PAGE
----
Seasoned television veterans immediately think of the patriot character Jack Baur when the name Kiefer Sutherland tops credits. Following the demise of Fox’s fabulous but intense drama, 24 Sutherland was offered a new script by the same network. The premise of this series is, on the surface the complete opposite of 24 but in looking deeper, it’s merely wrapped in a much different package.
Like so many New Yorker’s, Martin Bohm’s life was forever changed by 9/11. His wife worked in one of the towers and was one of the victim’s whose remains were never recovered. Now, some eleven years later, Martin (Sutherland) has given up his work as a journalist and has shifted from job to job while attempting to raise his son, Jake (David Mazouz). Unable to keep him in a school, Martin’s problems intensify when the state becomes involved and decides it’s time to place the autistic Jake in a group home for evaluation. For eleven years, Martin has been unable to communicate with his son who hasn’t spoken a word but in fighting to keep custody of Jake, he realizes that through elaborate number patterns, Jake is finally trying to tell his father something – events that are on the verge of changing the course of dozens of lives.
Unique is the best way to describe this series. It’s poignant but (short!) powerful first season is on DVD now, and a second is already in the works for this month. Before getting to all the good stuff, I’ll just say if there is a downside to the show, it’s that instead of the usual 20-soemthing episode run, this is downgraded to being a mid-season filler. Fortunately it fills up those thirteen episodes with some of the best writing on television today.
Contemplating if life is merely a series of coincidences or if we are “destined” to eventually meet the people who could change our lives, touching them in ways we didn’t know was possible – or for reasons we may not have even recognized needing, is the revolving theme. That is what Touch is all about. To confess, it’s an interesting concept, and a refreshing one at that, breaking molds from the usual crime drama that takes up so much airtime. There’s something “real” about each of the scripts, they follow a pattern and I particularly enjoyed seeing so many of the people who were unwittingly and unknowingly helped by Jake’s obsession with numbers come back into the shows periodically. Given that Jake doesn’t speak, it was also interesting to hear his voice-overs setting up the theme of each episode. A character who doesn’t speak is a fascinating one and Jake certainly is. Sutherland steps into this role quite well. We sympathize with his Martin for all he has been through and the struggle that is ensuing between he, the state and eventually a resentful sister-in-law. It’s in the quiet moments when he attempts to bond – or communicate with his son that we are most touched (no pun intended) by his dedication to Jake, and we are never given to second guess his love for him. Similarly, the most poignant things are the rare times when Jake actually connects with his father, whether it be physical or emotionally, those are the most “real,” heartwarming scenes.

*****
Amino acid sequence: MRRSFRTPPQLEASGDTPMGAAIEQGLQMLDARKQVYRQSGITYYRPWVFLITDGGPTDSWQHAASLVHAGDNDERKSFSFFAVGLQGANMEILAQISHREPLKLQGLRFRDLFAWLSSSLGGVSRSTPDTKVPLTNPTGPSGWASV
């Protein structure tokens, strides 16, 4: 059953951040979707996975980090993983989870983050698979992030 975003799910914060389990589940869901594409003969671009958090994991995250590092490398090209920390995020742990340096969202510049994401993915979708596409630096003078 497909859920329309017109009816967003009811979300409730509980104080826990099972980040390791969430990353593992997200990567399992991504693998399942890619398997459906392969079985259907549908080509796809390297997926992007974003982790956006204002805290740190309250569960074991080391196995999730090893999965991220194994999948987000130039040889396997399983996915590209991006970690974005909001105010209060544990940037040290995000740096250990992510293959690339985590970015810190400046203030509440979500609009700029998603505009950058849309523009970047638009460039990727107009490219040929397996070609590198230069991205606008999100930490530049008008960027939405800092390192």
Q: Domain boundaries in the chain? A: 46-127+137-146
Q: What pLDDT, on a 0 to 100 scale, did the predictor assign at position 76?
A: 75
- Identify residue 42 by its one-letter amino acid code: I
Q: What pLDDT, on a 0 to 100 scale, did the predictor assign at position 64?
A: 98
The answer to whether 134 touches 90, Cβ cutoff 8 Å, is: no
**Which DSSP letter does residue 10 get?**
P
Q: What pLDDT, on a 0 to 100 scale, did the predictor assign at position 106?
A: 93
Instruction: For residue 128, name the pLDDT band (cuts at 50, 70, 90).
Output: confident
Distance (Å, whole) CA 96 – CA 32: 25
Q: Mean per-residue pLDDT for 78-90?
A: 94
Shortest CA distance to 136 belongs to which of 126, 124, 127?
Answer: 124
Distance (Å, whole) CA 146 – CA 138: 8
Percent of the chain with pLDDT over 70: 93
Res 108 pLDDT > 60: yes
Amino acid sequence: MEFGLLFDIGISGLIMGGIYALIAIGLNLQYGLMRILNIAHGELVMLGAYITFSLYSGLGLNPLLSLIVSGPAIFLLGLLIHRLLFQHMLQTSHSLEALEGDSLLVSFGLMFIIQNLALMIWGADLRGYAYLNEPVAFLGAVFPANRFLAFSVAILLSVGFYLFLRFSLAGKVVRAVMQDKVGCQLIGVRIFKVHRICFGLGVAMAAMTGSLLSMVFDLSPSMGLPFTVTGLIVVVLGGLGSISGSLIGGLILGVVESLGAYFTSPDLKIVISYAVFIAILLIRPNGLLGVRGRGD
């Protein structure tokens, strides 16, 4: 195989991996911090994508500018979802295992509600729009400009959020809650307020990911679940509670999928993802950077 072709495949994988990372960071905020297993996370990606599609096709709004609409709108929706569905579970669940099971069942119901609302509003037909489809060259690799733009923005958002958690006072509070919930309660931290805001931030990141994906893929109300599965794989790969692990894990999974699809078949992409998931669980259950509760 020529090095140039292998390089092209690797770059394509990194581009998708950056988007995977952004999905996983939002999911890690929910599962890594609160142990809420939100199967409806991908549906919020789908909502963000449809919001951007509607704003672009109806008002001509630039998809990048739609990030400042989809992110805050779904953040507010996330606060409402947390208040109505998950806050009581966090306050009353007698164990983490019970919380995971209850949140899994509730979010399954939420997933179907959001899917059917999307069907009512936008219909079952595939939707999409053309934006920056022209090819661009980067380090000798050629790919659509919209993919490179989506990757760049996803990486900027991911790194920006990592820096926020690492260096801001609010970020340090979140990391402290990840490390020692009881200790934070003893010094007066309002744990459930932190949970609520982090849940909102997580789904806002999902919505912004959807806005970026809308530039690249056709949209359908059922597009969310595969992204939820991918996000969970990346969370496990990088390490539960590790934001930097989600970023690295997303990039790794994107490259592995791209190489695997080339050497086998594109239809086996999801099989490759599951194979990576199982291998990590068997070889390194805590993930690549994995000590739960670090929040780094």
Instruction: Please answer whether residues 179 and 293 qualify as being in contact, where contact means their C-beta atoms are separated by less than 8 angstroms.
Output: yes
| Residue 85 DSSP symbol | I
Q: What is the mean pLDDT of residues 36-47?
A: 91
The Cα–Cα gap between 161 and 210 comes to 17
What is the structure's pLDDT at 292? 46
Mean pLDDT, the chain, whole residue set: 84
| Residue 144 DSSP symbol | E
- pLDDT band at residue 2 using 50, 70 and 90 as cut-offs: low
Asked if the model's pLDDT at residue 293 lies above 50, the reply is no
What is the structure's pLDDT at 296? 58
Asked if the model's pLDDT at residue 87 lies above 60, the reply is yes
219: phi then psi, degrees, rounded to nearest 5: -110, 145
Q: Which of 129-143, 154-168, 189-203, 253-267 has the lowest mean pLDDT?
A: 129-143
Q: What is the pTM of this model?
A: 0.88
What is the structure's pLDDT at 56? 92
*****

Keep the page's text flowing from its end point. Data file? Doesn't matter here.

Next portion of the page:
Joining the already talented Sutherland – and fabulous child actor, David Mazouz is Gugu Mbatha-Raw and in a season ender two-parter, the talented Maria Bello. Each of these talents adds much to the scope of the show though Mazouz in particular is impressive given his acting talents must be felt not heard. Shaping up the rest of the elements are various faiths that come into play, some great stories and instances of surprising forgiveness. Surprising even the most discerning viewer, the story isn’t usually hard to make connections, it’s the impact of those interwoven stories that means the most. Writers don’t hide how everything will come together but those eventual connections pack a punch. By the time the finale runs credits, the viewer has to admire the leap that is made in the show. Setting up the second with some new people and a different location takes some television-writing guts since it shakes up the “comfortable” setting. The gamble seems worth it to me, hopefully Fox TV-goers will feel the same and reward it.
(Parental concerns: In the episode “Lost & Found,” a homosexual couple enters the story [only this once] looking to adopt. In the pilot, we meet a pair of prostitutes who pop up off and on after they leave their life to travel the world. There is some violence and “adult” issues dealt with; a man contemplates suicide, another is found dead with talk of having been murdered. Rating is TV14.)